The antiparasitic agent ivermectin induces chloride-dependent membrane hyperpolarization and cell death in leukemia cells

Sumaiya Sharmeen, Marko Skrtic, Mahadeo A. Sukhai, Rose Hurren, Marcela Gronda, Xiaoming Wang, Sonali B. Fonseca, Hong Sun, Tabitha E. Wood, Richard Ward, Mark D. Minden, Robert A. Batey, Alessandro Datti, Jeff Wrana, Shana O. Kelley and Aaron D. Schimmer


To identify known drugs with previously unrecognized anticancer activity, we compiled and screened a library of such compounds to identify agents cytotoxic to leukemia cells. From these screens, we identified ivermectin, a derivative of avermectin B1 that is licensed for the treatment of the parasitic infections, strongyloidiasis and onchocerciasis, but is also effective against other worm infestations. As a potential antileukemic agent, ivermectin induced cell death at low micromolar concentrations in acute myeloid leukemia cell lines and primary patient samples preferentially over normal hematopoietic cells. Ivermectin also delayed tumor growth in 3 independent mouse models of leukemia at concentrations that appear pharmacologically achievable. As an antiparasitic, ivermectin binds and activates chloride ion channels in nematodes, so we tested the effects of ivermectin on chloride flux in leukemia cells. Ivermectin increased intracellular chloride ion concentrations and cell size in leukemia cells. Chloride influx was accompanied by plasma membrane hyperpolarization, but did not change mitochondrial membrane potential. Ivermectin also increased reactive oxygen species generation that was functionally important for ivermectin-induced cell death. Finally, ivermectin synergized with cytarabine and daunorubicin that also increase reactive oxygen species production. Thus, given its known toxicology and pharmacology, ivermectin could be rapidly advanced into clinical trial for leukemia.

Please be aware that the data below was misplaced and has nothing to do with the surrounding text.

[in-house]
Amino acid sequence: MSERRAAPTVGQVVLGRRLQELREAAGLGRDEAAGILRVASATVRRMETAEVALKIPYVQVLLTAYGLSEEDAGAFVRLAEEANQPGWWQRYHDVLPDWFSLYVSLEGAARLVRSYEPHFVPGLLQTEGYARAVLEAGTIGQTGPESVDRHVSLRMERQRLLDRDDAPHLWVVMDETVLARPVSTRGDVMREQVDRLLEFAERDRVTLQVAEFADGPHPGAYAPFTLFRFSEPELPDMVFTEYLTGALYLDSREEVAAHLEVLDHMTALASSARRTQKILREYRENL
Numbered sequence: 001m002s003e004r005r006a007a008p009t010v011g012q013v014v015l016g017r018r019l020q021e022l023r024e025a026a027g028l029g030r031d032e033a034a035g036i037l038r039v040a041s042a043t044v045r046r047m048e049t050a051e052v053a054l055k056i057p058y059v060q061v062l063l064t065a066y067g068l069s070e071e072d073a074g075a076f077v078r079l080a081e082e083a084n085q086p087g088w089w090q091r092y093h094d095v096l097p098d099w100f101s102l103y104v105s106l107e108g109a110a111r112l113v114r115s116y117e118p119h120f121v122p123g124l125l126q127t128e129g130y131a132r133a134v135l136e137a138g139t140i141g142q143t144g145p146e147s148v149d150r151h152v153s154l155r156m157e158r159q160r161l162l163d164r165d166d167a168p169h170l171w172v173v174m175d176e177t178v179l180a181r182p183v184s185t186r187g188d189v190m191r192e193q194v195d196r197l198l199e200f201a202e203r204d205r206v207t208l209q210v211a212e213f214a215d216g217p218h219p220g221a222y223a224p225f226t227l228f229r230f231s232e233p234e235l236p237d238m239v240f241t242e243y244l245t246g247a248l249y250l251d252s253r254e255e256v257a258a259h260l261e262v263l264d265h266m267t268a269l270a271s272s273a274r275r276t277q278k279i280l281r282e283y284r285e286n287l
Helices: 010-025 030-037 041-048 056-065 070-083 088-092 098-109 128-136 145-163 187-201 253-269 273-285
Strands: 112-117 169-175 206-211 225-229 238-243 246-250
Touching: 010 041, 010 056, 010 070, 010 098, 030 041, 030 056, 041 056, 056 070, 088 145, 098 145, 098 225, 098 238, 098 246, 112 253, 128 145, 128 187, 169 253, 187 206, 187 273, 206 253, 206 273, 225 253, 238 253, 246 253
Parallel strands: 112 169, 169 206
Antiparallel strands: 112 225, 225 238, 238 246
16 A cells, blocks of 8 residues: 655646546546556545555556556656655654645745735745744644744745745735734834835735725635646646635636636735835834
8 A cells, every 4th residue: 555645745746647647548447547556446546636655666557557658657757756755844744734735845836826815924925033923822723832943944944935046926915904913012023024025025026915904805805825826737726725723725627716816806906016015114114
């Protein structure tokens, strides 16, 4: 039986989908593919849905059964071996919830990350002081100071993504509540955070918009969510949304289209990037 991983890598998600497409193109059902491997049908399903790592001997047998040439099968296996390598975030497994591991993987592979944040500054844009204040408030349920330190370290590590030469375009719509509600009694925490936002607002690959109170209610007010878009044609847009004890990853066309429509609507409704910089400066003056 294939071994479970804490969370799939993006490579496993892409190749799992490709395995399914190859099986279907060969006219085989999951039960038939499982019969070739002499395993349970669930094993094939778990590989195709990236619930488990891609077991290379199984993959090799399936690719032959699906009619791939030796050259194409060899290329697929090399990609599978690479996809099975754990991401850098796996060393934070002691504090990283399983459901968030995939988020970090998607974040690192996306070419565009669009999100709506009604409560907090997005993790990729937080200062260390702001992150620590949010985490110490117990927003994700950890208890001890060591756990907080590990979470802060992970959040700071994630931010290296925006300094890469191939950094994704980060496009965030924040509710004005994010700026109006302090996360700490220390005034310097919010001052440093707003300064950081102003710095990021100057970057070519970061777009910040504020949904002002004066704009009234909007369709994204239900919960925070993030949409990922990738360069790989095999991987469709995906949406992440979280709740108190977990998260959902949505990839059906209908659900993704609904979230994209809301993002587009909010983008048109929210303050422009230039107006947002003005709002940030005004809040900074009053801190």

• Submitted January 5, 2010.
  • Accepted July 11, 2010.
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